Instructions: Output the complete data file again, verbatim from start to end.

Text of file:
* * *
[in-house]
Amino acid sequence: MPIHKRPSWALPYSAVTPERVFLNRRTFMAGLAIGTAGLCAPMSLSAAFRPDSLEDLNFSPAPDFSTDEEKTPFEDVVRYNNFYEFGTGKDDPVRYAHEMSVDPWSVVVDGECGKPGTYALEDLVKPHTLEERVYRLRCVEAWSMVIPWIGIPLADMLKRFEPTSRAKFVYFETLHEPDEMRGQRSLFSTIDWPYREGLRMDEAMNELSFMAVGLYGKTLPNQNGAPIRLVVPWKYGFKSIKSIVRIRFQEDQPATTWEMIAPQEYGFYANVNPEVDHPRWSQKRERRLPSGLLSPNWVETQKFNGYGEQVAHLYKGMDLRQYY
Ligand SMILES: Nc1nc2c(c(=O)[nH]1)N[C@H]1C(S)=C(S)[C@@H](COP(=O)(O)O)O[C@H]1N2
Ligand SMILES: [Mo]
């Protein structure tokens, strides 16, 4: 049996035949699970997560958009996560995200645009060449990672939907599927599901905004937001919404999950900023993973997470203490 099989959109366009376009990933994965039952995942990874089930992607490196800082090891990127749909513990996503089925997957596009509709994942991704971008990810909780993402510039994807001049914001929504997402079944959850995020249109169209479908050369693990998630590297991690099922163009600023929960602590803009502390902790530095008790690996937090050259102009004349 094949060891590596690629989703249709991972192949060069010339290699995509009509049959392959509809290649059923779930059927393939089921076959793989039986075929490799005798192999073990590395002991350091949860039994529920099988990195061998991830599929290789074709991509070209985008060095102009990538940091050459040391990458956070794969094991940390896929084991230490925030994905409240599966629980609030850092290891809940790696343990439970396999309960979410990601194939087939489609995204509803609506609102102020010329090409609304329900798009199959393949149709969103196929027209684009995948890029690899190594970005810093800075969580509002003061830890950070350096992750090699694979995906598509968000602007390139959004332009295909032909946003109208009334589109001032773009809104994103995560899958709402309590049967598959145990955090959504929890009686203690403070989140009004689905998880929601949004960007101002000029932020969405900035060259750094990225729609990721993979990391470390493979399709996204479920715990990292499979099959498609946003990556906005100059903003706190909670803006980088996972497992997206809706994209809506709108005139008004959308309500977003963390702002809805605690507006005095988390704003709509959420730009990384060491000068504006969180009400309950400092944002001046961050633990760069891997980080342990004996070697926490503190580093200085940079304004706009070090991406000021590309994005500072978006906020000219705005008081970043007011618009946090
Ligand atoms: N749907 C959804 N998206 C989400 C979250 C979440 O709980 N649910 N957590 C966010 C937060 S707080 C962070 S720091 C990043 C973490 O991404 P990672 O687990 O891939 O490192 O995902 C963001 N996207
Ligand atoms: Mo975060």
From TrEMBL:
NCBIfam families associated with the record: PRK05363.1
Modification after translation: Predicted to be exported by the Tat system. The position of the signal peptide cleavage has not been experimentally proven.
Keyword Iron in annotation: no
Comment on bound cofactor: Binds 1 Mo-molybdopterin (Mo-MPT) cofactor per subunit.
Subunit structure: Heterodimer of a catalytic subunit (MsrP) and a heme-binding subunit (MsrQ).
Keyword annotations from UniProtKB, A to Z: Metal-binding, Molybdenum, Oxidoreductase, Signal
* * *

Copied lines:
[in-house]
Amino acid sequence: MPIHKRPSWALPYSAVTPERVFLNRRTFMAGLAIGTAGLCAPMSLSAAFRPDSLEDLNFSPAPDFSTDEEKTPFEDVVRYNNFYEFGTGKDDPVRYAHEMSVDPWSVVVDGECGKPGTYALEDLVKPHTLEERVYRLRCVEAWSMVIPWIGIPLADMLKRFEPTSRAKFVYFETLHEPDEMRGQRSLFSTIDWPYREGLRMDEAMNELSFMAVGLYGKTLPNQNGAPIRLVVPWKYGFKSIKSIVRIRFQEDQPATTWEMIAPQEYGFYANVNPEVDHPRWSQKRERRLPSGLLSPNWVETQKFNGYGEQVAHLYKGMDLRQYY
Ligand SMILES: Nc1nc2c(c(=O)[nH]1)N[C@H]1C(S)=C(S)[C@@H](COP(=O)(O)O)O[C@H]1N2
Ligand SMILES: [Mo]
């Protein structure tokens, strides 16, 4: 049996035949699970997560958009996560995200645009060449990672939907599927599901905004937001919404999950900023993973997470203490 099989959109366009376009990933994965039952995942990874089930992607490196800082090891990127749909513990996503089925997957596009509709994942991704971008990810909780993402510039994807001049914001929504997402079944959850995020249109169209479908050369693990998630590297991690099922163009600023929960602590803009502390902790530095008790690996937090050259102009004349 094949060891590596690629989703249709991972192949060069010339290699995509009509049959392959509809290649059923779930059927393939089921076959793989039986075929490799005798192999073990590395002991350091949860039994529920099988990195061998991830599929290789074709991509070209985008060095102009990538940091050459040391990458956070794969094991940390896929084991230490925030994905409240599966629980609030850092290891809940790696343990439970396999309960979410990601194939087939489609995204509803609506609102102020010329090409609304329900798009199959393949149709969103196929027209684009995948890029690899190594970005810093800075969580509002003061830890950070350096992750090699694979995906598509968000602007390139959004332009295909032909946003109208009334589109001032773009809104994103995560899958709402309590049967598959145990955090959504929890009686203690403070989140009004689905998880929601949004960007101002000029932020969405900035060259750094990225729609990721993979990391470390493979399709996204479920715990990292499979099959498609946003990556906005100059903003706190909670803006980088996972497992997206809706994209809506709108005139008004959308309500977003963390702002809805605690507006005095988390704003709509959420730009990384060491000068504006969180009400309950400092944002001046961050633990760069891997980080342990004996070697926490503190580093200085940079304004706009070090991406000021590309994005500072978006906020000219705005008081970043007011618009946090
Ligand atoms: N749907 C959804 N998206 C989400 C979250 C979440 O709980 N649910 N957590 C966010 C937060 S707080 C962070 S720091 C990043 C973490 O991404 P990672 O687990 O891939 O490192 O995902 C963001 N996207
Ligand atoms: Mo975060």
From TrEMBL:
NCBIfam families associated with the record: PRK05363.1
Modification after translation: Predicted to be exported by the Tat system. The position of the signal peptide cleavage has not been experimentally proven.
Keyword Iron in annotation: no
Comment on bound cofactor: Binds 1 Mo-molybdopterin (Mo-MPT) cofactor per subunit.
Subunit structure: Heterodimer of a catalytic subunit (MsrP) and a heme-binding subunit (MsrQ).
Keyword annotations from UniProtKB, A to Z: Metal-binding, Molybdenum, Oxidoreductase, Signal